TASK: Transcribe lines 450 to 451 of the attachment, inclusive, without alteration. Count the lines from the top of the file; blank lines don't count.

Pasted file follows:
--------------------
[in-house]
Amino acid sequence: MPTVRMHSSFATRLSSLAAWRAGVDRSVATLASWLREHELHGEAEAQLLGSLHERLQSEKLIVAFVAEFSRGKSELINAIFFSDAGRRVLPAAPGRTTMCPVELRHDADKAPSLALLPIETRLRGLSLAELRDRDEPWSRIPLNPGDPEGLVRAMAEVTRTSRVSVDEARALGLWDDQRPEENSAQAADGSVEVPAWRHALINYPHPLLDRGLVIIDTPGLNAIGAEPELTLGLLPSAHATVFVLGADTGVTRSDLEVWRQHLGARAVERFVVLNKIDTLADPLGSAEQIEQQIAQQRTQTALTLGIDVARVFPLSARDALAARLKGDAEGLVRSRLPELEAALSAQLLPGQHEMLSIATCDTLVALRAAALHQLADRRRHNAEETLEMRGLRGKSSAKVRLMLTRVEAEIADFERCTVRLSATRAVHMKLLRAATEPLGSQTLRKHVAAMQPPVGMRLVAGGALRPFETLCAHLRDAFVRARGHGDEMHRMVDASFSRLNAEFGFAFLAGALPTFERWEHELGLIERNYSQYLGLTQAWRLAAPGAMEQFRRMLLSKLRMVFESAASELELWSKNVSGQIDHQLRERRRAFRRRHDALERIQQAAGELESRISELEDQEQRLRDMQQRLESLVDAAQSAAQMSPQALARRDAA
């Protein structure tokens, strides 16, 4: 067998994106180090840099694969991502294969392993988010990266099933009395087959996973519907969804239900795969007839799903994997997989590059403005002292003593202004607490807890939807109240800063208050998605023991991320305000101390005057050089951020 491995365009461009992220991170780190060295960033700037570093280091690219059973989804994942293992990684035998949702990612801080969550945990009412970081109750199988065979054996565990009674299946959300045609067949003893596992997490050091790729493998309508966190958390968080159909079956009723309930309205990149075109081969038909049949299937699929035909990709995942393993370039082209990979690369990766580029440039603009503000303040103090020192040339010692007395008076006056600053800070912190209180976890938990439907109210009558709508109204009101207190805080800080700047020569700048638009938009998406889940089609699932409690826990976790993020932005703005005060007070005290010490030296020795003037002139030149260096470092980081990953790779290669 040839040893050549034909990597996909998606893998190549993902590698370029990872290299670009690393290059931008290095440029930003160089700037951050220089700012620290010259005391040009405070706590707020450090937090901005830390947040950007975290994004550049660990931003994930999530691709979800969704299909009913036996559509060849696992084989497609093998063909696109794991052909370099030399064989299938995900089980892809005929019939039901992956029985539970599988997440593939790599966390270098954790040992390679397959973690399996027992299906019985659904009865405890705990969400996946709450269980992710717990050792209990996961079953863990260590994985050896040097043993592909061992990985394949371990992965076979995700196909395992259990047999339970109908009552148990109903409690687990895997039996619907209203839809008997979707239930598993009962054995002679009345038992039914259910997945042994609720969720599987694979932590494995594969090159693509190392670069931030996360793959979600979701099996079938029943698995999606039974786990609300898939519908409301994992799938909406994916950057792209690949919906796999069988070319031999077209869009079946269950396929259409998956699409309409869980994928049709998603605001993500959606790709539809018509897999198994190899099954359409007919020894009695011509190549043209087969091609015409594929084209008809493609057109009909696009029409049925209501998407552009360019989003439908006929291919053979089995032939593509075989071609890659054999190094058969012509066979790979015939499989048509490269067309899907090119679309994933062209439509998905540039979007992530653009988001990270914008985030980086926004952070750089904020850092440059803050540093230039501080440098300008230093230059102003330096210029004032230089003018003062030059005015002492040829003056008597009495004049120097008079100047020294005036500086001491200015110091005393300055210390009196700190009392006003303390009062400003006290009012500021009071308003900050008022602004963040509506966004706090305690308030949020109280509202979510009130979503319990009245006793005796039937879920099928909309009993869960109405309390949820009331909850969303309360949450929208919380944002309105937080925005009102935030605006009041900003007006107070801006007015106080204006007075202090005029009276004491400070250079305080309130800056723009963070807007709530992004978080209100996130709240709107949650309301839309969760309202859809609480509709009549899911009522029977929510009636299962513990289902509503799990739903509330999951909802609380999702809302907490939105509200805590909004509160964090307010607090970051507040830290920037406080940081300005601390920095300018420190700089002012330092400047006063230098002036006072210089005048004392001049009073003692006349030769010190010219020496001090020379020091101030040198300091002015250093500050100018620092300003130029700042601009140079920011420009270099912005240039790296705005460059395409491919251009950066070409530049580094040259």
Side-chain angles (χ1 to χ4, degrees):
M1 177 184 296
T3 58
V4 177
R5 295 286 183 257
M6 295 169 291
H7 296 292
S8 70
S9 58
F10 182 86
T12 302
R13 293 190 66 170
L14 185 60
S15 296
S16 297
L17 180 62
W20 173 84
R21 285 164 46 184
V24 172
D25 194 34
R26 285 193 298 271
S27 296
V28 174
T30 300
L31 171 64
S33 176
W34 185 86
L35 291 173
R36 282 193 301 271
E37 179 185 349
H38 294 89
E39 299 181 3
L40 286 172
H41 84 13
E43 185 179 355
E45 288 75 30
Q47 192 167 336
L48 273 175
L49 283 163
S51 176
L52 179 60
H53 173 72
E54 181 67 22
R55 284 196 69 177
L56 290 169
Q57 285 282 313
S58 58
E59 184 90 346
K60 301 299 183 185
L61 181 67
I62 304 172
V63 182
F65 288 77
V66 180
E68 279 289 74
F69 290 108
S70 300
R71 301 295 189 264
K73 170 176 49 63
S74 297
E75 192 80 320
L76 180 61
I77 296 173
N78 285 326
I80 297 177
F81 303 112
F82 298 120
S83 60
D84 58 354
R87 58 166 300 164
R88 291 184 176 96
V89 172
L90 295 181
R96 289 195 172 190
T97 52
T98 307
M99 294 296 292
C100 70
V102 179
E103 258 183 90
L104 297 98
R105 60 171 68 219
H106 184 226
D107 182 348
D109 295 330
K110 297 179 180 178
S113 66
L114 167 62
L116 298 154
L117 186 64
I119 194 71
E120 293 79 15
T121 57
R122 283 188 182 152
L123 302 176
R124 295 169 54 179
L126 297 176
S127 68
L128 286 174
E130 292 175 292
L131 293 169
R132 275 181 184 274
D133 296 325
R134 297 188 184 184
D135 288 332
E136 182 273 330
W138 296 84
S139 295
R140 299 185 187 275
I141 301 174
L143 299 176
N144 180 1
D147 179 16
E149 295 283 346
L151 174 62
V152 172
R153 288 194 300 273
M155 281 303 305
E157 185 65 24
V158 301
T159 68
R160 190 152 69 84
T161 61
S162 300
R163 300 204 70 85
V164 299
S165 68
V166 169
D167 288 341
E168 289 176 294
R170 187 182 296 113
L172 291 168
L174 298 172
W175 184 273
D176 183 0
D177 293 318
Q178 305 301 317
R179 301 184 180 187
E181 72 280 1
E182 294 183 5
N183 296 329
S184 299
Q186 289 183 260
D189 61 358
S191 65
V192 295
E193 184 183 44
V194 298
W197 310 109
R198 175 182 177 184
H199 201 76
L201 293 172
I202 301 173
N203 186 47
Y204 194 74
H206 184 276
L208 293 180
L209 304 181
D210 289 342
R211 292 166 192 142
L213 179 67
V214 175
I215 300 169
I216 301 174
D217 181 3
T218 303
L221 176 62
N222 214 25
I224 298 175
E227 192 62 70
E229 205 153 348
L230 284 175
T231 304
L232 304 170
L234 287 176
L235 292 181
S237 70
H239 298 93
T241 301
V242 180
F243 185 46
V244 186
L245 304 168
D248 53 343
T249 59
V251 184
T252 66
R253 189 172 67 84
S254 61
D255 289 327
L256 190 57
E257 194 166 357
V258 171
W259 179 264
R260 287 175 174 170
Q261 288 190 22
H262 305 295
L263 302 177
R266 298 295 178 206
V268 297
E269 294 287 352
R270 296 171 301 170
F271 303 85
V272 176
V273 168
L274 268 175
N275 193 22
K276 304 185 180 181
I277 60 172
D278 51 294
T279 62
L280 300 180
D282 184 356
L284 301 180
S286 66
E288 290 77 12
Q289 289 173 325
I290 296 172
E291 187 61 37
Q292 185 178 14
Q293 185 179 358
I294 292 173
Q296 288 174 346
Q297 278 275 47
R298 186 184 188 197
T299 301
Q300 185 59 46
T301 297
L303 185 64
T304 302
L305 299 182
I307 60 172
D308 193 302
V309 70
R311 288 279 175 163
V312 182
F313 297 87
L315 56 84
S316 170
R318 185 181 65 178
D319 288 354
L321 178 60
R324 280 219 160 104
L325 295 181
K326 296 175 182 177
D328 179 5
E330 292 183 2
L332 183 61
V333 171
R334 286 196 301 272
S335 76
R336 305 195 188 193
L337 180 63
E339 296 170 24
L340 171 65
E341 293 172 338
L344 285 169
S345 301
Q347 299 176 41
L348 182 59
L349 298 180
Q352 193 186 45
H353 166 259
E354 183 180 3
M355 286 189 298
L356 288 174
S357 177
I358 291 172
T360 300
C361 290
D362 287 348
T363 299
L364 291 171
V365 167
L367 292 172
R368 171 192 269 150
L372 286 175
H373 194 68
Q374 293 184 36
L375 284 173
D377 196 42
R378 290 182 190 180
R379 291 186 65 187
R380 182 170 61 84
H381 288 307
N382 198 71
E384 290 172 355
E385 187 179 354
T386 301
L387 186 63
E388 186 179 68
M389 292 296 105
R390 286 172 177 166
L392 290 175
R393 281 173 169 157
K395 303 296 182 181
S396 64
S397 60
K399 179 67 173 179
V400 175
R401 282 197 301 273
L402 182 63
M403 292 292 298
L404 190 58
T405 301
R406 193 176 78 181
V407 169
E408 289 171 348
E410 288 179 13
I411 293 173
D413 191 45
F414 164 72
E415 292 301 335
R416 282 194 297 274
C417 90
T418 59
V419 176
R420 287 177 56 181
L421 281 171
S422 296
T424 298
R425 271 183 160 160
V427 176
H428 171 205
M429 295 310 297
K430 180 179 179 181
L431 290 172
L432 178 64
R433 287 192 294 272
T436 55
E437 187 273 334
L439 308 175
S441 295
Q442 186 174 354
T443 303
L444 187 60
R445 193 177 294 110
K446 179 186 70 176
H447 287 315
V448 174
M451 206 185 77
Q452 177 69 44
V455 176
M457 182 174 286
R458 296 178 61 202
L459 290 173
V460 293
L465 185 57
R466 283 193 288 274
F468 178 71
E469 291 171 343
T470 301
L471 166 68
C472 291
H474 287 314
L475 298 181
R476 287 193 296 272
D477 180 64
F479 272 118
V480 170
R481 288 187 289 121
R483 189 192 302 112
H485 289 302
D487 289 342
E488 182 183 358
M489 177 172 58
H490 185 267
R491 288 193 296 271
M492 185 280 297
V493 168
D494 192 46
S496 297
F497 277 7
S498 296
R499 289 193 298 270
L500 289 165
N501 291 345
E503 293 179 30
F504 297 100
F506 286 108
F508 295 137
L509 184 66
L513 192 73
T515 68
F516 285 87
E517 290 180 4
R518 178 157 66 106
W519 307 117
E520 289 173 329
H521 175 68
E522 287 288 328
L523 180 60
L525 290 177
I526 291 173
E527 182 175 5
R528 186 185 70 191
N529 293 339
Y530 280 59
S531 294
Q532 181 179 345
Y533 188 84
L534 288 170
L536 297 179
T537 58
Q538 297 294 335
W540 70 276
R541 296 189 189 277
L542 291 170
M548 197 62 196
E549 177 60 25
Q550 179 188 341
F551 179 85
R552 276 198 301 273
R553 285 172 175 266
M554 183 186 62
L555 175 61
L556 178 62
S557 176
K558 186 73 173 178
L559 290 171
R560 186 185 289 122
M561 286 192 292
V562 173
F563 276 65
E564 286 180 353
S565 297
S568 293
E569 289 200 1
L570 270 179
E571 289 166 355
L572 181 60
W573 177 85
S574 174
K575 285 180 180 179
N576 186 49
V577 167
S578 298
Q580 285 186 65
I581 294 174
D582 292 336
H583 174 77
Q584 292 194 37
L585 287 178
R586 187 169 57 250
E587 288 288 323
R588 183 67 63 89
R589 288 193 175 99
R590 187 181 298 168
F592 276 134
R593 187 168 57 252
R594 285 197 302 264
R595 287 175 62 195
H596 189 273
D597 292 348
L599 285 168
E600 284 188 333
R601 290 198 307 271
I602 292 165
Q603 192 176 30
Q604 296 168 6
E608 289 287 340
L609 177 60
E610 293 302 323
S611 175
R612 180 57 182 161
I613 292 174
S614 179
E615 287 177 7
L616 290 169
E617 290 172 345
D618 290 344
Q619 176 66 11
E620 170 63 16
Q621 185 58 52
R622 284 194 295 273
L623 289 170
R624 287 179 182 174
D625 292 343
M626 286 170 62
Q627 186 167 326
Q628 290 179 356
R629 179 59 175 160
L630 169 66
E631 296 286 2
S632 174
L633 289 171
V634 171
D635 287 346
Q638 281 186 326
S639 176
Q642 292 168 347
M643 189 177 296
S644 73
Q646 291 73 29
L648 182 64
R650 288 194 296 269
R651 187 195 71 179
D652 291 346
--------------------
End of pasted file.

R589 288 193 175 99
R590 187 181 298 168